Here are some simple examples of smart pre-workout nutrition if your #1 goal is fat loss:

If you workout in the morning:

  • Option 1. Exercise in a fasted state or
  • Option 2. Have 10 to 15 grams of HempForce Protein 30 minutes before training or
  • Option 3. Have some natural caffeine (from organic coffee or tea) by itself or blend it with some healthy fats (like coconut oil, grass-fed butter, or MCT oil)

If you workout in the afternoon/early evening:

  • Option 1. Eat what you want but allow at least 2 to 3 hours after you eat to exercise and/or
  • Option 2. Have 10 to 15 grams of HempForce Protein 30 minutes before training or
  • Option 3. Have some natural caffeine (from organic coffee or tea) by itself if you're not too sensitive to caffeine later in the day and it doesn't affect your sleep.

If you workout late at night:

Hold up! Training late in the evening for fat loss is a another Fatal Fat Loss Mistake that we're covering right here. This will help you to uncover the optimal time for exercise because (according to the research) it's not just about what you do, but when you do it, that can make all the difference in the world. Check out Fatal Fat Loss Mistake #3 right here!

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  1. Could you give some clarification on eating pre or post weight training workouts

  2. Two hrs late in reading this, but your bang on the money Raymond, so breaking down muscle in a rAted state….BCAA and a protein shakes pre lift for sure.

  3. Hi Shawn, I generally at a small serving of carbs 2-3 hours prior to workout however in the last year I have packed on nearly 20 pounds. I have had a brief recovery period after a partial hysterectomy due to fibroids. I have been trying to rationalize that this may be due to homonal fluctuations although I am not menopausal yet. I have gone from the leanest & most fit state ever to feeling really fatigued & not able to move the weight. Any suggestions? I eat very clean, don’t drink or smoke, workout 4-5 times per week ( a balance of cardio, HIIT, weight training ) HELP!

  4. Great read! I have been researching as to why I am at a standstill with my weight loss for the past 2 weeks when I workout and eat healthy daily. I have been doing an hour of cardio (variety) and 1/2 hour usually of strength training in the evenings during my work week. Usually around 6 or 7pm. Should I switch to early morning fasted workouts to break through this weight loss plateau??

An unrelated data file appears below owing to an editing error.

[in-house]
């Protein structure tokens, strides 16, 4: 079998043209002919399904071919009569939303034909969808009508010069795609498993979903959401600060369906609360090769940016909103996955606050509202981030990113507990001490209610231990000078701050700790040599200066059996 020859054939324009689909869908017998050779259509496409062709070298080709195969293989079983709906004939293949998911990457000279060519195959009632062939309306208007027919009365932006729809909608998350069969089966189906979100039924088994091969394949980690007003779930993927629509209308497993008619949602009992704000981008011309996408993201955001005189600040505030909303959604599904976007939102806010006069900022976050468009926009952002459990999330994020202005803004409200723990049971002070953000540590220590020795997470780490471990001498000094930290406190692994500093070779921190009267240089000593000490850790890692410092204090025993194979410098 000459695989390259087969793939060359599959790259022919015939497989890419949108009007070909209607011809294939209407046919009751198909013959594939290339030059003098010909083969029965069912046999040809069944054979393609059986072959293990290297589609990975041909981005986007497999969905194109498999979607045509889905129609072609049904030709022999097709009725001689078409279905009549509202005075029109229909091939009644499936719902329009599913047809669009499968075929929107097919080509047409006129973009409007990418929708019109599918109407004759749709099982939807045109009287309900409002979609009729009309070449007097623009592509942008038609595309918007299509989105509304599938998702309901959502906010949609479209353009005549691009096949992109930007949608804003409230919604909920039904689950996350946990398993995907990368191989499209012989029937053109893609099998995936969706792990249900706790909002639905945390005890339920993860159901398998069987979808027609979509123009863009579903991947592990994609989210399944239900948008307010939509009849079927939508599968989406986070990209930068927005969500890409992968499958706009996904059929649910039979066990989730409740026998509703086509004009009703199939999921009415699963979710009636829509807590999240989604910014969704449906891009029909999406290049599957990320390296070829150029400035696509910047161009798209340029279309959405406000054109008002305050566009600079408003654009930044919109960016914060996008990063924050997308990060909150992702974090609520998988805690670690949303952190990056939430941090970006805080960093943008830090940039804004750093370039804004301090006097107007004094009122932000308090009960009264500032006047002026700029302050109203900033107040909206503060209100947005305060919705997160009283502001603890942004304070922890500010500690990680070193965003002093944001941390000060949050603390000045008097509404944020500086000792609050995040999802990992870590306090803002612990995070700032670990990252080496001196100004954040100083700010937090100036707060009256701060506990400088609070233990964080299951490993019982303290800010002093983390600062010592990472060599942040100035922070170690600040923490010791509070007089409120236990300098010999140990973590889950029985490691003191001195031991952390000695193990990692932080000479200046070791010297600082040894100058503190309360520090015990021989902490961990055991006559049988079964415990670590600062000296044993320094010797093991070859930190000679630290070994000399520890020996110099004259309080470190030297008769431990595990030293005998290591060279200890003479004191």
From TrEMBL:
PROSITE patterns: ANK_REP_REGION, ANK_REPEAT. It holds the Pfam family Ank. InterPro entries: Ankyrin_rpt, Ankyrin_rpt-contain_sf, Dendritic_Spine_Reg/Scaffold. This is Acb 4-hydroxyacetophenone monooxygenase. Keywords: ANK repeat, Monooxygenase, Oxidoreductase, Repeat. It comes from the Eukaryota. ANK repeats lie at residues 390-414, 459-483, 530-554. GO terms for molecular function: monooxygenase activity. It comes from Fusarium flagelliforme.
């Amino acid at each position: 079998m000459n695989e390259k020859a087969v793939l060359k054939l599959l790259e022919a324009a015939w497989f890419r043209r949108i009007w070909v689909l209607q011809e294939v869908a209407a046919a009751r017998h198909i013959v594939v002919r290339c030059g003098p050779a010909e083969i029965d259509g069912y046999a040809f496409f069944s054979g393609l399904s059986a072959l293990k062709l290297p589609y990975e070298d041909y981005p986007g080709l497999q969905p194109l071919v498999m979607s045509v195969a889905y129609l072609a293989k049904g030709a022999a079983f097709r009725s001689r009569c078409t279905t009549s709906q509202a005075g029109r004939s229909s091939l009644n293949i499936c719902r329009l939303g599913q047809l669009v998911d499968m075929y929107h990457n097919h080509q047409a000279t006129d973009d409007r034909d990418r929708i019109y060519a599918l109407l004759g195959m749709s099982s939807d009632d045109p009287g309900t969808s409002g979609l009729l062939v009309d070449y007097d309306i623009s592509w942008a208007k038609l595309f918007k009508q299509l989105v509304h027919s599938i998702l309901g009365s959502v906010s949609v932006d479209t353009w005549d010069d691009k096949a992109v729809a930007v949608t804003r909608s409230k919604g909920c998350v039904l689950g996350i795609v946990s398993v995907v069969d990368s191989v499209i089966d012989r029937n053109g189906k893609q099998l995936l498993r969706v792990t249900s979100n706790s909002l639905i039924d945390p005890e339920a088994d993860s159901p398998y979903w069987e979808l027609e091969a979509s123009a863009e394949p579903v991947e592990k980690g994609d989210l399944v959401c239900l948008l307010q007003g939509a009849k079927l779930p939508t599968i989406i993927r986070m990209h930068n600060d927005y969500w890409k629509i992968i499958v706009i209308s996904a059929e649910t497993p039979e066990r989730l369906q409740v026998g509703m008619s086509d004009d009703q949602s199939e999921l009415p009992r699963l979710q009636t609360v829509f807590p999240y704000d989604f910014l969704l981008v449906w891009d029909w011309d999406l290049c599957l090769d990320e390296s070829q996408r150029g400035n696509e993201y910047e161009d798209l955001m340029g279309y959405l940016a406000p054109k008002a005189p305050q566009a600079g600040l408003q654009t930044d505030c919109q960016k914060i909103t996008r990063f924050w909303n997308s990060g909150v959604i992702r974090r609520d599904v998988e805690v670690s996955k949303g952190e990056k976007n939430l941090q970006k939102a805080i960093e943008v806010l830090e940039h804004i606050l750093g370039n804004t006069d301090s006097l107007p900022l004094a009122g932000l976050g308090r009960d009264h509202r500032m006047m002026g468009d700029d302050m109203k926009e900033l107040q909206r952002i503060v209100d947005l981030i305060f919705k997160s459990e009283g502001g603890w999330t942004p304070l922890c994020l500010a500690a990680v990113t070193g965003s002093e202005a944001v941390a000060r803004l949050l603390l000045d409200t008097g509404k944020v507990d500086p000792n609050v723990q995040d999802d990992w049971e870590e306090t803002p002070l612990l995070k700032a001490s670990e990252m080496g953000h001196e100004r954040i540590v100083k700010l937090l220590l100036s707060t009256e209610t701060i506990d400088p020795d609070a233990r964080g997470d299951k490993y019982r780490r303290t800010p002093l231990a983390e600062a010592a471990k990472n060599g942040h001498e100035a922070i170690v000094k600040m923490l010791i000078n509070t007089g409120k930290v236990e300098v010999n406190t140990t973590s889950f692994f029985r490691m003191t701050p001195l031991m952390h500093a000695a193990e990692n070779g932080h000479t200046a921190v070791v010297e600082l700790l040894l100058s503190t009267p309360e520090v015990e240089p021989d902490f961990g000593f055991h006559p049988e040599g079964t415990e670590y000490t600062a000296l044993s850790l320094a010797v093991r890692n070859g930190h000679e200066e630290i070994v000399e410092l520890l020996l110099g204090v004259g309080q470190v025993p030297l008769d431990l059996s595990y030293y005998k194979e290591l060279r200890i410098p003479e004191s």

5. When you say you shoudn’t eat carbs before workout you mean simple carbs, sugary, fructose?, because complex carbs are a MUST 2-3 hours before the workout.

  6. Yeah. It never made sense to me to fuel up before a work out. It’s much more logical to use whatever energy you have stored to help with fat loss, then replenish stores after. Thx for confirming my suspicion.

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    I need an expert on this house to unravel my problem.
    May be that is you! Having a look ahead to peer you.

  8. I perform fasted solid-state cardio in the mornings before I eat, but I make sure to have some protein and maybe some carbs in my stomach when I work out. Hell, I used to eat a quest bar DURING every workout. Perhaps fasted exercise is good for moderate intensity cardio or some short cross training class, but you need to have something in your stomach for more involved workouts. When I walk into the gym for 2 hours of heavy weight training, endless supersets, and a lengthy core circuit, I cannot be fasted or I would simply run out of juice an hour into the workout. I’m 210lb, 6’3 and 7% body fat so I burn about 1200 calories during that workout, and my basal metabolic rate is like 2700 cals. I can eat 4000 calories and still be in a 400 calorie deficit for the day.

  9. Hi Shawn. I am on a low carb diet when I work out my sweat smells of ammonia which suggests there are no carbs to burn so otherwise burning protein from amino acids is that a good thing. Regards Andy

  10. Well I’m bodybuilding for approximately and hour then doing cardio for a 1/2 hour. I don’t think not eating carbs before I work out is a good idea. Can you comment?

  11. Wouldn’t your body scream starvation if working out in a fasting state, which would cause the metabolism to adjust itself by slowing down?

  12. Hi Shawn I feel this article is quite biased to your opionion of a low carb diet.
    You recommend hiit and weight training as the best sources of fat loss on your podcast, however both of these types of training run on glycogen.. By not eating carbs prior to working out our body produces its own source of energy right? When the liver’s glycogen level is low and you are not adding more through diet, it takes alanine and other substrates from the muscle to make more, which results in muscle atrophy… which is what we don’t want when trying to loose body fat and muscles are the body’s natural burner (info all from your podcast).